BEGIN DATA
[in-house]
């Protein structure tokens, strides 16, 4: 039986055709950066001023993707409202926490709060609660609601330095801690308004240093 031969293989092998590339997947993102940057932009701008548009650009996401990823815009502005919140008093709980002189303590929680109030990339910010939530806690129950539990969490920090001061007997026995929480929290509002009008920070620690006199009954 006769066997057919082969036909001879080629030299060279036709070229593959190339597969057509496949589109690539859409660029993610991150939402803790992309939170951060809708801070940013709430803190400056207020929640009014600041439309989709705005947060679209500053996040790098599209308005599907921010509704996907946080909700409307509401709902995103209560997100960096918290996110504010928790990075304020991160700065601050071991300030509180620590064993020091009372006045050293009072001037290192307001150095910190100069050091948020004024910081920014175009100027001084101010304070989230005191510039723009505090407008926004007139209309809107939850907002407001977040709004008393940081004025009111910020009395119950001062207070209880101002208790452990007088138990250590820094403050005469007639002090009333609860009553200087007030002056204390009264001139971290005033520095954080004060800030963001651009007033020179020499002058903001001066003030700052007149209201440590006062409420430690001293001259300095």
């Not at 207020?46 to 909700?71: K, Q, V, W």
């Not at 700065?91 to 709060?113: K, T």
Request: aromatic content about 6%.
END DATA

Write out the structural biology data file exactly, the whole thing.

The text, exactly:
[in-house]
């Protein structure tokens, strides 16, 4: 039986055709950066001023993707409202926490709060609660609601330095801690308004240093 031969293989092998590339997947993102940057932009701008548009650009996401990823815009502005919140008093709980002189303590929680109030990339910010939530806690129950539990969490920090001061007997026995929480929290509002009008920070620690006199009954 006769066997057919082969036909001879080629030299060279036709070229593959190339597969057509496949589109690539859409660029993610991150939402803790992309939170951060809708801070940013709430803190400056207020929640009014600041439309989709705005947060679209500053996040790098599209308005599907921010509704996907946080909700409307509401709902995103209560997100960096918290996110504010928790990075304020991160700065601050071991300030509180620590064993020091009372006045050293009072001037290192307001150095910190100069050091948020004024910081920014175009100027001084101010304070989230005191510039723009505090407008926004007139209309809107939850907002407001977040709004008393940081004025009111910020009395119950001062207070209880101002208790452990007088138990250590820094403050005469007639002090009333609860009553200087007030002056204390009264001139971290005033520095954080004060800030963001651009007033020179020499002058903001001066003030700052007149209201440590006062409420430690001293001259300095």
């Not at 207020?46 to 909700?71: K, Q, V, W």
């Not at 700065?91 to 709060?113: K, T």
Request: aromatic content about 6%.